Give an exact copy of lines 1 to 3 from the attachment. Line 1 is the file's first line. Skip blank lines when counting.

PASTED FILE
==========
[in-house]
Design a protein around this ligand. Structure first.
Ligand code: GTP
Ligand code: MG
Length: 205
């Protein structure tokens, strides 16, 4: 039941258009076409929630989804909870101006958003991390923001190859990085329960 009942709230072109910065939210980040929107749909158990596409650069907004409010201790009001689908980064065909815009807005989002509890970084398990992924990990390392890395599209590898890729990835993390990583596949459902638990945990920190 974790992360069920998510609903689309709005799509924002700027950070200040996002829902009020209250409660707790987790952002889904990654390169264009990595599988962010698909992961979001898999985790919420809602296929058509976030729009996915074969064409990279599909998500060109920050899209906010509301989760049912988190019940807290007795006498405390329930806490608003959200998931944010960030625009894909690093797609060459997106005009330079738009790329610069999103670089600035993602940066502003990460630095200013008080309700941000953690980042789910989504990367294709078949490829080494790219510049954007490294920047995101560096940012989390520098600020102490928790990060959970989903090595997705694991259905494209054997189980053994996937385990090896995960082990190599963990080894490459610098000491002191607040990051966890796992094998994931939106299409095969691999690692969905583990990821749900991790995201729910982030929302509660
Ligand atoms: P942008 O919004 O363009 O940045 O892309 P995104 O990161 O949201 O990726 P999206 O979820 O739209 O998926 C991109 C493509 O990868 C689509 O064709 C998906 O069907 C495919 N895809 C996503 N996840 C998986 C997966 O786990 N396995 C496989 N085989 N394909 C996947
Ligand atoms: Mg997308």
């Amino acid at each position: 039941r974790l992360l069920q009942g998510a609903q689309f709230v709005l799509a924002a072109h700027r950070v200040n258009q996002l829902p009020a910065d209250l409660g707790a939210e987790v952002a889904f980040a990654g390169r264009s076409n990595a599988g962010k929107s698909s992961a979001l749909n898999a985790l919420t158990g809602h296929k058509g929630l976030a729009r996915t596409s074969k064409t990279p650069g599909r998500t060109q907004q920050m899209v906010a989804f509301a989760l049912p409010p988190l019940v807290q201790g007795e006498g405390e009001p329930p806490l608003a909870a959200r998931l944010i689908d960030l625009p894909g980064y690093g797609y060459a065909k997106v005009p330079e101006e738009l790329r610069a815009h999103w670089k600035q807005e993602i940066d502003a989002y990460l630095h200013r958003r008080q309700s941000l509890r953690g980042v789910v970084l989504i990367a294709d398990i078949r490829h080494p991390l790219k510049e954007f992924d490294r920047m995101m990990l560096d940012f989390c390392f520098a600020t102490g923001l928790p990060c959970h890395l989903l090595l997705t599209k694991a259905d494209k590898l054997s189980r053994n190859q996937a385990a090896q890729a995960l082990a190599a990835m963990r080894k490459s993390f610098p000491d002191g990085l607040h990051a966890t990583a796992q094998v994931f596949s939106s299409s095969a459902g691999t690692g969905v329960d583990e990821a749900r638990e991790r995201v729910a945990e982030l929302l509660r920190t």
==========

[in-house]
Design a protein around this ligand. Structure first.
Ligand code: GTP